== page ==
Bursting from the retro ambience of a refurbished art-deco movie theater, the renowned hand-blown-glass art studio boasts a multihued array of gaffer-made accoutrements. Keep wine from escaping on a post-party spree with a decorative bottlestopper ($62), a hand-crafted sculpture complete with elegant metal fitting designed to hold in liquid and libation secrets. Showcase seasonal candies or secret-admirer notes in a fluted dish ($65), available in intricate designs of blue, salmon, white, and more. The New Orleans paperweight adds personality to desks and gravity to astronaut homework with the classic Big Easy fleur de lis etched in a heart shape atop a round paper anchor ($50). For a romantic shimmer, check out the pointed oil candle with a stand, a teardrop-shaped candle perched in a three-pronged mini-tripod that imbues romance with long-lasting light ($50), similar to a triple showing of Gremlins under an Alaskan summer sky.
The Southern Food & Beverage Museum quells culinary curiosities with ongoing exhibits celebrating the unique bites and beverages of the South. Permanent exhibits include Tout de Sweet: All About Sugar, which examines the role of sugar production in Louisiana, and A Table at Galatoire’s, which traces the venerable restaurant’s history through artifacts such as original plates and salvaged blue-cheese crumbles. Inside the museum, guests encounter The Museum of the American Cocktail, a Martha Stewart brand-endorsed knowledge vault that explores the history of mixed drinks from the 1800s to the modern day, housing original absinthe fountains and Prohibition-era flasks crafted from Al Capone’s day planner.
With its imposing, slate-gray façade, the 170-year-old U.S. Custom House may be the last building in which you’d expect to hear the delighted squeals of children. But behind the steely columns, the building erupts into 23,000 square feet of colorful displays and fluttering, scuttling insects, courtesy of the Audubon Society and Insectarium. In the Asian garden, hundreds of butterflies dodge shafts of sunlight to alight on tropical ferns and the shoulders of young visitors. And at the Insects of New Orleans gallery, visitors can ogle the pink katydids, cockroaches, and lovebugs that contribute to the city’s heritage.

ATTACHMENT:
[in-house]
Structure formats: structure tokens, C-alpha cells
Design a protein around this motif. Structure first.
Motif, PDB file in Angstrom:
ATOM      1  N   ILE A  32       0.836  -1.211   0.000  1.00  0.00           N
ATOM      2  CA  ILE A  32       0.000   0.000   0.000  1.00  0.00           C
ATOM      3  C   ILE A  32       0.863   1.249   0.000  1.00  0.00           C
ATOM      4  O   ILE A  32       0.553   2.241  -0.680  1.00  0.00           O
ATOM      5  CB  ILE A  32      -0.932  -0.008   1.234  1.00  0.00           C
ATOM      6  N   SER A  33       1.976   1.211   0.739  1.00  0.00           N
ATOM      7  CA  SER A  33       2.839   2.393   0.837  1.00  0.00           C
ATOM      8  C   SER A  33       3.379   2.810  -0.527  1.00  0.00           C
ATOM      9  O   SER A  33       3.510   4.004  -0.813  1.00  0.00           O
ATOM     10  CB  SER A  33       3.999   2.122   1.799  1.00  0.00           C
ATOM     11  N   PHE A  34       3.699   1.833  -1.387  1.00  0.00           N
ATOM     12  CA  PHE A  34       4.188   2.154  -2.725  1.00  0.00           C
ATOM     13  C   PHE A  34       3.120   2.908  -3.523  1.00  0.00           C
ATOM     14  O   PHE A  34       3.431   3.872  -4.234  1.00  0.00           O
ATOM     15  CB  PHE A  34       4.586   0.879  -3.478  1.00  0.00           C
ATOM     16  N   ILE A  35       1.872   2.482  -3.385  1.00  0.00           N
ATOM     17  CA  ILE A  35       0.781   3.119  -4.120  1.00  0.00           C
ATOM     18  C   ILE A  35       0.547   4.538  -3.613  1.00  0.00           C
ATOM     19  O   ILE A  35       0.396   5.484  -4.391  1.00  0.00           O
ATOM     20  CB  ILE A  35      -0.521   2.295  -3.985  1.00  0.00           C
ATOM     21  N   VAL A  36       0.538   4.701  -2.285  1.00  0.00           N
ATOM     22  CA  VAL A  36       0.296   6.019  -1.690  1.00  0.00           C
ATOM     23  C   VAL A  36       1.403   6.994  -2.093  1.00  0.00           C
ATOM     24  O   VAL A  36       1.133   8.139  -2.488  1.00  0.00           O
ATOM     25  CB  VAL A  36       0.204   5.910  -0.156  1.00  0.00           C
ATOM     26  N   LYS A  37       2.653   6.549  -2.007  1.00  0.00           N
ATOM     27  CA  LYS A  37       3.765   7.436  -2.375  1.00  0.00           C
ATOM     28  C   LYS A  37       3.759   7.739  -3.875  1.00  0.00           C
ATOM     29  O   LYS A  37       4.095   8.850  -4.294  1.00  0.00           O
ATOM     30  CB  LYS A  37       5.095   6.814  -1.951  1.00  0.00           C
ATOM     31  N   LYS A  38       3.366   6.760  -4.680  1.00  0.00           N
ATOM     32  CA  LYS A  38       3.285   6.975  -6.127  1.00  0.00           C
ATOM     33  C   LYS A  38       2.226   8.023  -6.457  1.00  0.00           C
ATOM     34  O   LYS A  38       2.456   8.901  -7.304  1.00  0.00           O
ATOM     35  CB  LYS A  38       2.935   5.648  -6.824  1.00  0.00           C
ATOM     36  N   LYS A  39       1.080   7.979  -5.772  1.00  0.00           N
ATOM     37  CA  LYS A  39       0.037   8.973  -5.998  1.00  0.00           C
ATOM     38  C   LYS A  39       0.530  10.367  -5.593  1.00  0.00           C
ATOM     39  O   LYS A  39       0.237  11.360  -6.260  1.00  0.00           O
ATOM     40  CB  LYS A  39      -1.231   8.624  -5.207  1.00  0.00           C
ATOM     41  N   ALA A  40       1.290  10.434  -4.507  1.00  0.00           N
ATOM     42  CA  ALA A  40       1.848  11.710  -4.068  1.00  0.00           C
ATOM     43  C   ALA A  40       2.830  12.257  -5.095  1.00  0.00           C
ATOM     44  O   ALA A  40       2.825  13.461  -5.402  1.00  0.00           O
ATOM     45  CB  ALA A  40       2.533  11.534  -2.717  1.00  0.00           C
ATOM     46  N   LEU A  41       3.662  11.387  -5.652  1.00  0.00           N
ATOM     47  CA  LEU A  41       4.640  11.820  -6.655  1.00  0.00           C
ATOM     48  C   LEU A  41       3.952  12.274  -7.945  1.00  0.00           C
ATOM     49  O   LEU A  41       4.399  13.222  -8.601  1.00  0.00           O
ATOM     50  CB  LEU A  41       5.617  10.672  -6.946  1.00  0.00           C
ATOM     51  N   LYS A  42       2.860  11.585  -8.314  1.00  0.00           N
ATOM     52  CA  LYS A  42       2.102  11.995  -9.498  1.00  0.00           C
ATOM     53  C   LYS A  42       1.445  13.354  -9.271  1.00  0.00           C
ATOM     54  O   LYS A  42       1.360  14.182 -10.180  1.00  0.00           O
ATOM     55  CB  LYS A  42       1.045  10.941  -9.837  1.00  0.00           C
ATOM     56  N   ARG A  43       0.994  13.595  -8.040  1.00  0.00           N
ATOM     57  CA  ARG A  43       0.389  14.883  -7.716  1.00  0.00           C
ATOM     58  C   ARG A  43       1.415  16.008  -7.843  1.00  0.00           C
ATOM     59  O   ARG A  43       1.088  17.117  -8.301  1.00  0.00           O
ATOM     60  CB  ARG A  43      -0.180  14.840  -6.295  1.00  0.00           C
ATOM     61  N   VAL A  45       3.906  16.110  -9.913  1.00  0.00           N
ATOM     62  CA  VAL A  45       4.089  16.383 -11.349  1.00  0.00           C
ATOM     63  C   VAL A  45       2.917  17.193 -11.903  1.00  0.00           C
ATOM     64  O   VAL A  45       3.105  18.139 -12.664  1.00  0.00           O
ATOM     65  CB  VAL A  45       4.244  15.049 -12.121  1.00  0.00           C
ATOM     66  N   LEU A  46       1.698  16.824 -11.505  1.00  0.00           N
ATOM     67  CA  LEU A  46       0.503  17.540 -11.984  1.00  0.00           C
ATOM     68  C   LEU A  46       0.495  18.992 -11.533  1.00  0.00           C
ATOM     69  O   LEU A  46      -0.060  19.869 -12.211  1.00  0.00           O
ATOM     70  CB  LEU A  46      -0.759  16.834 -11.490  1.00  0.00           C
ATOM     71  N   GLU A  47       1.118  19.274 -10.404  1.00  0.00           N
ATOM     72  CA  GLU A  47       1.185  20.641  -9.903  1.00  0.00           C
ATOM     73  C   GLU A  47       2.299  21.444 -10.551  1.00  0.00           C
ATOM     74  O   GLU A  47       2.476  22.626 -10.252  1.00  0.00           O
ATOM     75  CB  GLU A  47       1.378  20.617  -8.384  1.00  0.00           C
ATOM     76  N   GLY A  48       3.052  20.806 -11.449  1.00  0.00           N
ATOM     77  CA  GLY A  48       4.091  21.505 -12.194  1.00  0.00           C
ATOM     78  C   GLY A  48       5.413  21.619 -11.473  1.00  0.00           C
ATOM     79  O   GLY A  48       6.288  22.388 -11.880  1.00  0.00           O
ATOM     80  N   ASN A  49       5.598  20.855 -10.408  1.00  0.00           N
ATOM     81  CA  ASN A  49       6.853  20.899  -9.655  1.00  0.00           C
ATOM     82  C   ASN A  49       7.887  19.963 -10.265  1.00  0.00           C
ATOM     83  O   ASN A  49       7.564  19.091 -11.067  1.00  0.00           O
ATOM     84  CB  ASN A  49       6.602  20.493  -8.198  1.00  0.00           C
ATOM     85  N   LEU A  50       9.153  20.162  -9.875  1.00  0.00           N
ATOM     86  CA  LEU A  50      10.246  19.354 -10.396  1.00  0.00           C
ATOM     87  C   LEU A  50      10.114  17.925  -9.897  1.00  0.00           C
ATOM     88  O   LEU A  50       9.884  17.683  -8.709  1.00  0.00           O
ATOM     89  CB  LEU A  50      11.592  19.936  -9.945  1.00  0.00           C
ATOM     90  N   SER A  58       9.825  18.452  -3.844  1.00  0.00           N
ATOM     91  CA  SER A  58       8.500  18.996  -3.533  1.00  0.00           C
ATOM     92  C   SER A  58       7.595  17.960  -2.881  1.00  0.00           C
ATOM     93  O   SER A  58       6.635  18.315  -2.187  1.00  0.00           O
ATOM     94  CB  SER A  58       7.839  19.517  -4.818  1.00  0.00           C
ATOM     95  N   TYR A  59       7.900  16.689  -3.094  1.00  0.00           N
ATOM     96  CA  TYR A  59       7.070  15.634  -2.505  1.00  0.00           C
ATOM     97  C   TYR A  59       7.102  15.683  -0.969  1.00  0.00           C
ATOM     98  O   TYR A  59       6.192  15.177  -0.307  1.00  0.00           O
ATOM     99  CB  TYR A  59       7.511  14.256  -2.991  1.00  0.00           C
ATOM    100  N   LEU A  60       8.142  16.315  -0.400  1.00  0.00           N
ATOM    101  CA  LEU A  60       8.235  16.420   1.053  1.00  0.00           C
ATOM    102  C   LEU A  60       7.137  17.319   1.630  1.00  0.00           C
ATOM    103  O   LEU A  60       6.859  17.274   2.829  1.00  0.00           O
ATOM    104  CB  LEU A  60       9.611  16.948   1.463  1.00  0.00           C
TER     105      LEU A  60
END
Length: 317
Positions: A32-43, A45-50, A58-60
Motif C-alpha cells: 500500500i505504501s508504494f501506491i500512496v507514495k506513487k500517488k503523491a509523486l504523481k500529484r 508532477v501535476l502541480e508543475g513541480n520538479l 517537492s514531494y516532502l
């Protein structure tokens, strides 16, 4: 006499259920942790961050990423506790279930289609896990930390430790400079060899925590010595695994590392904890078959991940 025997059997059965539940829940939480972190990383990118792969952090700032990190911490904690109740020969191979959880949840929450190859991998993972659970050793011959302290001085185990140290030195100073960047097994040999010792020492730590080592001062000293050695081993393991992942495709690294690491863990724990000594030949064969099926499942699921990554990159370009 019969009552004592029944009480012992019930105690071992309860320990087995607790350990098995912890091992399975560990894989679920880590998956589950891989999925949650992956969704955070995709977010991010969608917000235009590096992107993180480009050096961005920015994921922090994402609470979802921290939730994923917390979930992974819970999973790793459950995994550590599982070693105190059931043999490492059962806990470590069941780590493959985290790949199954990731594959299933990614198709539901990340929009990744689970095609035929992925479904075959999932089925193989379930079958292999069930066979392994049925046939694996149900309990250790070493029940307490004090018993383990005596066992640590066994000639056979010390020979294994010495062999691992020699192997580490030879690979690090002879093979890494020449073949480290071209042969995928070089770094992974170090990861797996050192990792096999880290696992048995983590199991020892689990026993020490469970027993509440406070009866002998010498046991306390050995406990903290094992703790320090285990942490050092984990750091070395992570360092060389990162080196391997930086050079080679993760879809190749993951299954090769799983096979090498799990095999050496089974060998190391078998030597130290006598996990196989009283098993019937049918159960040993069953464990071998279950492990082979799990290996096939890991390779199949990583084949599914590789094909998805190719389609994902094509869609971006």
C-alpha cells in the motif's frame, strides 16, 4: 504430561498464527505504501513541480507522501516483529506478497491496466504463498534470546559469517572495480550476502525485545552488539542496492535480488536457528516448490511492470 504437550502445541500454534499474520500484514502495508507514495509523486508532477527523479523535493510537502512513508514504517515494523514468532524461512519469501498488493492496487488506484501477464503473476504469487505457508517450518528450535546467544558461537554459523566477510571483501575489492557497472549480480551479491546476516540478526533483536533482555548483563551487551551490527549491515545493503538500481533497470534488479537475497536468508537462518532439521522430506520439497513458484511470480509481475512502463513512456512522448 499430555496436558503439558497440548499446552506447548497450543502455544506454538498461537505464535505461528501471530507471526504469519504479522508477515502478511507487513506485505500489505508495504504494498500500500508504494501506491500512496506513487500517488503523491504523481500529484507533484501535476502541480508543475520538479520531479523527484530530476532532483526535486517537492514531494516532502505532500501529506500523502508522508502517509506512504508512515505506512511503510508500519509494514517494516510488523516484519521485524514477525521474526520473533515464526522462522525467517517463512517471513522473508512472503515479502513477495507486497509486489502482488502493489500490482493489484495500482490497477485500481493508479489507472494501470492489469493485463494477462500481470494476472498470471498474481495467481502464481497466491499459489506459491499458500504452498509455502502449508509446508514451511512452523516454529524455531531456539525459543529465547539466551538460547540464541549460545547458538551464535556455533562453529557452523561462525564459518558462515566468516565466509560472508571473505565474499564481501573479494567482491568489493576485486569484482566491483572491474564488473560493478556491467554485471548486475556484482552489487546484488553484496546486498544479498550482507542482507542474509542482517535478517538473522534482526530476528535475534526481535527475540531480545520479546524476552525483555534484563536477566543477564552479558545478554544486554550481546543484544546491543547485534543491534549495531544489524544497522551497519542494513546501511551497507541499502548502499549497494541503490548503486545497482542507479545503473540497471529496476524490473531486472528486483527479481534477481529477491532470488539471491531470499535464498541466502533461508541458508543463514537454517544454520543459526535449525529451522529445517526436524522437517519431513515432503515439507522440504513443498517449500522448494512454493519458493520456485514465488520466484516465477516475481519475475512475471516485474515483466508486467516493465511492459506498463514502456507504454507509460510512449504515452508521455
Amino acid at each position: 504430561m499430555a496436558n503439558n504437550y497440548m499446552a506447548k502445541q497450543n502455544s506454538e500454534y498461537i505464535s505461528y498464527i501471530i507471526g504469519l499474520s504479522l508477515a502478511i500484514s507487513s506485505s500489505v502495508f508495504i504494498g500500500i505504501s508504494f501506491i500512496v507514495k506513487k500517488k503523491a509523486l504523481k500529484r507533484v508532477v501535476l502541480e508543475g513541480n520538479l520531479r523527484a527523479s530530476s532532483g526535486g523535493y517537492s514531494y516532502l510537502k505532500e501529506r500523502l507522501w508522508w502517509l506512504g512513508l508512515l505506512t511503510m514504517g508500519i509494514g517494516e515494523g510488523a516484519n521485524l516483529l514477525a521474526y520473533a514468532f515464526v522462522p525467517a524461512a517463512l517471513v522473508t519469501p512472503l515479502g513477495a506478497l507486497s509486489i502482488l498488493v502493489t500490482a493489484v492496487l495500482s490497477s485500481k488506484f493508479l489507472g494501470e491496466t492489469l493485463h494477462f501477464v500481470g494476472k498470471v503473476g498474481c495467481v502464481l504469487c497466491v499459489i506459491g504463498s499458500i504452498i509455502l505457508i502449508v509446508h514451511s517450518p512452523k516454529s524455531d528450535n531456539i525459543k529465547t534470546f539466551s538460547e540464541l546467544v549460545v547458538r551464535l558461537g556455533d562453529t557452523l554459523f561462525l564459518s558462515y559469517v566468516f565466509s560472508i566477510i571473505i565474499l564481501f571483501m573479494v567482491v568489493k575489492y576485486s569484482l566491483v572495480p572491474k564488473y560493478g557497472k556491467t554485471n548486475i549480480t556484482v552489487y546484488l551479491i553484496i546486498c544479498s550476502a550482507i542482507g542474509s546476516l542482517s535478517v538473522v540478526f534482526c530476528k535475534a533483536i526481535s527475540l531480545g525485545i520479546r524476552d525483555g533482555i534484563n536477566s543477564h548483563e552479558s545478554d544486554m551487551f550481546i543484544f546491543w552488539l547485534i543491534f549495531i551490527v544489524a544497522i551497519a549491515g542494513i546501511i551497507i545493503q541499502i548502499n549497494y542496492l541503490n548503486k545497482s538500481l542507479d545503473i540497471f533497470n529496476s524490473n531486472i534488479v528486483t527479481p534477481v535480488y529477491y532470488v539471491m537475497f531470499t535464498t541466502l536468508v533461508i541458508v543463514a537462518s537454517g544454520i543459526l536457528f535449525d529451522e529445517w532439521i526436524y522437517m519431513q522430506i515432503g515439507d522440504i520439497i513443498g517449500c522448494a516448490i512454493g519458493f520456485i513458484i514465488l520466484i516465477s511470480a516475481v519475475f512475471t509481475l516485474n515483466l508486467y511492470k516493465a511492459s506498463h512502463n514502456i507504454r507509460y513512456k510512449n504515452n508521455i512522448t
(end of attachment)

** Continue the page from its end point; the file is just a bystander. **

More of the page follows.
These bug-filled displays are all part of the insectarium’s mission to conserve Louisiana’s indigenous species and inspire stewardship in its visitors. While adults can sate their curiosity with the vast array of exotic species, curators gear many displays toward young guests by making them lighthearted and interactive: the Field Camp’s entomologist answers questions about how to collect bugs or break up flea-circus strikes, and at Bug Appétit, chefs dole out insect-filled delicacies to adventurous palates.
For more than three decades, Save Our Cemeteries has preserved the architectural and cultural beauty of historic cemeteries with restoration work, lectures, photography sales, and guided tours of the city's above-ground coffin repositories. At 10 a.m. from Friday through Sunday, cemetery sightseers can take a gander at the oven wall vaults and stone tombs of St. Louis Cemetery No. 1, which was founded in 1789 as the burial ground for famous Louisianan revolutionaries, chess champions, and voodoo queen Marie Laveau.
Paddle the river in style on the luxurious Creole Queen, aquatically equipped with heat and air conditioning, modern restrooms, and wheelchair accessibility and replete with old-time accents such as Victorian-style draperies, gaslight-inspired period lighting, friendly ghosts, wooden parquet dance floors, and Louisiana cypress bars and brass railings. Disembark and change out of pedestrian threads and into something more heroic during the 2.5-hour Chalmette Battlefield tour, which includes informative narration on noteworthy landmarks, local river lore, and crock-pot recipes and a visit to the historic battlefield. On the jazz tour, passengers embark on a two-hour cruise filled with peppy live jazz, cocktails, a Creole buffet, and starlit views of the city's skyline. Dinner (though not included with this Groupon) can be purchased on board for $24 per person.